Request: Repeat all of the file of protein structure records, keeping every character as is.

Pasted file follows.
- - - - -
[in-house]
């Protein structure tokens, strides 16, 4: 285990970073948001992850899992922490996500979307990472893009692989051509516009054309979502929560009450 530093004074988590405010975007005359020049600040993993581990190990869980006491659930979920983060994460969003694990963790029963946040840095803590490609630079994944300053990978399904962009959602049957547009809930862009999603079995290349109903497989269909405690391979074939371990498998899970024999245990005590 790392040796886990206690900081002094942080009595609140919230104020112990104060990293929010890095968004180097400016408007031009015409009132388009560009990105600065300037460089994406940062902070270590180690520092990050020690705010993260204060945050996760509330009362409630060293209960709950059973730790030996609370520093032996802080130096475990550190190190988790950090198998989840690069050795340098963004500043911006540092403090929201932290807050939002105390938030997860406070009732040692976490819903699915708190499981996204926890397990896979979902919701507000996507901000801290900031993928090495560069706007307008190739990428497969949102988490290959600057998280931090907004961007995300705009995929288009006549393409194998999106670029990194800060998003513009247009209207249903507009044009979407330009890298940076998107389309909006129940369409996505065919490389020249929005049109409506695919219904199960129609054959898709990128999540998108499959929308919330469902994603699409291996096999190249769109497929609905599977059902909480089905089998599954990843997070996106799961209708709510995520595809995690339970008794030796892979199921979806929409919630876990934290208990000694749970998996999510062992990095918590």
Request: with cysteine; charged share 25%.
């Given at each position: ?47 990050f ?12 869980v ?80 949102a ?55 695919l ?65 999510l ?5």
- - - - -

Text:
[in-house]
């Protein structure tokens, strides 16, 4: 285990970073948001992850899992922490996500979307990472893009692989051509516009054309979502929560009450 530093004074988590405010975007005359020049600040993993581990190990869980006491659930979920983060994460969003694990963790029963946040840095803590490609630079994944300053990978399904962009959602049957547009809930862009999603079995290349109903497989269909405690391979074939371990498998899970024999245990005590 790392040796886990206690900081002094942080009595609140919230104020112990104060990293929010890095968004180097400016408007031009015409009132388009560009990105600065300037460089994406940062902070270590180690520092990050020690705010993260204060945050996760509330009362409630060293209960709950059973730790030996609370520093032996802080130096475990550190190190988790950090198998989840690069050795340098963004500043911006540092403090929201932290807050939002105390938030997860406070009732040692976490819903699915708190499981996204926890397990896979979902919701507000996507901000801290900031993928090495560069706007307008190739990428497969949102988490290959600057998280931090907004961007995300705009995929288009006549393409194998999106670029990194800060998003513009247009209207249903507009044009979407330009890298940076998107389309909006129940369409996505065919490389020249929005049109409506695919219904199960129609054959898709990128999540998108499959929308919330469902994603699409291996096999190249769109497929609905599977059902909480089905089998599954990843997070996106799961209708709510995520595809995690339970008794030796892979199921979806929409919630876990934290208990000694749970998996999510062992990095918590």
Request: with cysteine; charged share 25%.
């Given at each position: ?47 990050f ?12 869980v ?80 949102a ?55 695919l ?65 999510l ?5």